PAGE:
3. Cows These are a sound investment, as for every Horde invasion you manage to survive, 25 crowns will head your way. It's best to put these in the centre of the village or where they are less likely to succumb to any attack. They are a costly loss if killed early on.
4. Fence Quite cheap at five crowns per length, but you get what you pay for, and what you get here is crap. They manage to delay the advancing Horde for all of three seconds before they break through and attack anything in their way. Mainly for aesthetic pleasure!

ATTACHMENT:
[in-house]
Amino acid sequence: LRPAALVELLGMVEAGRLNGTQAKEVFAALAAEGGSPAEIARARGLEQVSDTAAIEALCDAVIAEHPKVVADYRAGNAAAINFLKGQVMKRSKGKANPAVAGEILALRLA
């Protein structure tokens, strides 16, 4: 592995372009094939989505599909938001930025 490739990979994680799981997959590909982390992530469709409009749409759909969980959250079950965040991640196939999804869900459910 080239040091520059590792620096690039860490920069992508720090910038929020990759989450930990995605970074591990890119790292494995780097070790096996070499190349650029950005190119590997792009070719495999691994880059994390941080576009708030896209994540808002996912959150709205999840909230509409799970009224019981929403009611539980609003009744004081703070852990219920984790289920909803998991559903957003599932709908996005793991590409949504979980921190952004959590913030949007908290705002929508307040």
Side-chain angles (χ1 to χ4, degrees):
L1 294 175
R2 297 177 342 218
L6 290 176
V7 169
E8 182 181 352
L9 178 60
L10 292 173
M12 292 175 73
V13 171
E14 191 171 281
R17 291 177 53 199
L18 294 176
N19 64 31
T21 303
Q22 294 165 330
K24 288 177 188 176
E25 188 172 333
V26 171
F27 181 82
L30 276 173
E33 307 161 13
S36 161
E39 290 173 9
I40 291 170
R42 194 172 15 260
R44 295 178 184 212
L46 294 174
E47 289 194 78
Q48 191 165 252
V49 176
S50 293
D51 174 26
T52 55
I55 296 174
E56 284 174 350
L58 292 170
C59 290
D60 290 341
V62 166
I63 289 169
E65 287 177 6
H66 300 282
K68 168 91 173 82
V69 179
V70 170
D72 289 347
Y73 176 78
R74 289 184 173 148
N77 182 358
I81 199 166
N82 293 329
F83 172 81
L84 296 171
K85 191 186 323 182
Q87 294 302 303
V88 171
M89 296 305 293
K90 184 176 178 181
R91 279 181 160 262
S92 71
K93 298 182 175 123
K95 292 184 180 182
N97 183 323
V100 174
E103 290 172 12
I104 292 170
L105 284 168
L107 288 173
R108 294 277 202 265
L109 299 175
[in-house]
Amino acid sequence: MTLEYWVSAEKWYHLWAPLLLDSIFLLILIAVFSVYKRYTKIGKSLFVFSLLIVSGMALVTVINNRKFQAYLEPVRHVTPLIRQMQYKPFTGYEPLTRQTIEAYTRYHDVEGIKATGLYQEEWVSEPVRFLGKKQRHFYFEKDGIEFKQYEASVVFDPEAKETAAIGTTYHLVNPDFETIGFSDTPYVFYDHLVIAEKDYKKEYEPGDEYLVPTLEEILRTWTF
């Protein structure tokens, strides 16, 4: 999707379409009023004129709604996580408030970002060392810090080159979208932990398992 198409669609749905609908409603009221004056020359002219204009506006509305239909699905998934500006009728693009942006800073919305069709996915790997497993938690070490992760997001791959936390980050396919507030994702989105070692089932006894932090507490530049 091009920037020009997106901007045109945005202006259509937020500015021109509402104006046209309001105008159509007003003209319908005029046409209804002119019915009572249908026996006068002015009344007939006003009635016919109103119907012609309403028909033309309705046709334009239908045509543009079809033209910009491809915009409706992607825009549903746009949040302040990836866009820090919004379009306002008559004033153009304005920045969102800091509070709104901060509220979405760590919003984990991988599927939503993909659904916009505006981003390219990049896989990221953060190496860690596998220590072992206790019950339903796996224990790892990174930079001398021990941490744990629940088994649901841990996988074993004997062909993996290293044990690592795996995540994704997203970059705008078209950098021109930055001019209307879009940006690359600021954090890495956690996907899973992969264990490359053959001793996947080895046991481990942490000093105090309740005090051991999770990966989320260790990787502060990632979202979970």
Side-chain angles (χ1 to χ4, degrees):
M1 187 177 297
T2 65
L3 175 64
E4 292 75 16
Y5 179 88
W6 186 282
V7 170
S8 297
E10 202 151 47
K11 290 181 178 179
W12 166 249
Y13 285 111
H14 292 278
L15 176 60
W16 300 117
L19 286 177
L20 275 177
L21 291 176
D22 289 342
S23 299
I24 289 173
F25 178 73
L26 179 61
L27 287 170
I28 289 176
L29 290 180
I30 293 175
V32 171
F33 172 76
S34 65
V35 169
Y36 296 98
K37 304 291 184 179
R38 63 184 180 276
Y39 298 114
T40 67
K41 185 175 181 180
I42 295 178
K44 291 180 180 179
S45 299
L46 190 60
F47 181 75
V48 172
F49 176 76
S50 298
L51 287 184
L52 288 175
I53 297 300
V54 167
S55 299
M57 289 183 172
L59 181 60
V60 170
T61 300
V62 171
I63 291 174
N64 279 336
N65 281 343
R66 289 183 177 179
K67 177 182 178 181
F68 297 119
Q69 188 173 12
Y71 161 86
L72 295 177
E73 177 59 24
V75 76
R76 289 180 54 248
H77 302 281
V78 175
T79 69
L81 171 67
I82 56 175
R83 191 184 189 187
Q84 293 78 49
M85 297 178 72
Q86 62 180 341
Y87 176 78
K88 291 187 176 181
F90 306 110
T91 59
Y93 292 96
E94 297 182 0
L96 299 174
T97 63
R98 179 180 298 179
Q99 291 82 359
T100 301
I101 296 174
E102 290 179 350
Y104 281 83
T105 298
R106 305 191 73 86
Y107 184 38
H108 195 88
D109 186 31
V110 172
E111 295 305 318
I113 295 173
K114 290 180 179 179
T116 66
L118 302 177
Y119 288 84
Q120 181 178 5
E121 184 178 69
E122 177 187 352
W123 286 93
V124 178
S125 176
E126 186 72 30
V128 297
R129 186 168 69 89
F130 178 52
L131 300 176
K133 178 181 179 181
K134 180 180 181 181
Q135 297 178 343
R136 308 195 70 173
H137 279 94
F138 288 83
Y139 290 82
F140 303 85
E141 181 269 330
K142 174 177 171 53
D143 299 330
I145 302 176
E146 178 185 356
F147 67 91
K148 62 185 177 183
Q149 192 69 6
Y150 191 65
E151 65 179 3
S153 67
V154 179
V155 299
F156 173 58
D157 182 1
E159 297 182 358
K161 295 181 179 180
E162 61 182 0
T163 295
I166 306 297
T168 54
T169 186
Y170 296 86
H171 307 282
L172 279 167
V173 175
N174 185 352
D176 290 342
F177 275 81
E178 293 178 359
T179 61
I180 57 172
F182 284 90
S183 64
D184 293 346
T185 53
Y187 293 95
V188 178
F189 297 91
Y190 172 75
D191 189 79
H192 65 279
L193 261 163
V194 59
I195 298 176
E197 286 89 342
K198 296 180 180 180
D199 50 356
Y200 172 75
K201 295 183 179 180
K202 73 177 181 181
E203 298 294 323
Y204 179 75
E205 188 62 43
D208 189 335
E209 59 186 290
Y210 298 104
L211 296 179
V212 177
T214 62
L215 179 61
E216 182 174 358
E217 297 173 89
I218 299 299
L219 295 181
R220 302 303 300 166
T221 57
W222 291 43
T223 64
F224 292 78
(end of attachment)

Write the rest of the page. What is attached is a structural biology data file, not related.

5. Trees These are the main source of income when you first start, so should be treated with due care and attention. To plant a tree only costs a single crown, yet if you dig up a fully grown tree you'll acquire five for your troubles. The more you can plant, obviously the more cash you can make.
6. Call Horde This is most used when you've spent all your hard-earned and are just waiting for the Horde to arrive. If this is the case, select this, and the rest of the timer will instantly disappear and the Arrrrooooo! will signal the beginning of an invasion. This costs nothing, as it could be potentially harmful to you.
At the end of every year, taxes have to be paid, in order to keep you out of the nick. Failure to meet with these deadlines without the required sum of money causes an instant 'game over'. However, the game does throw up a few surprises.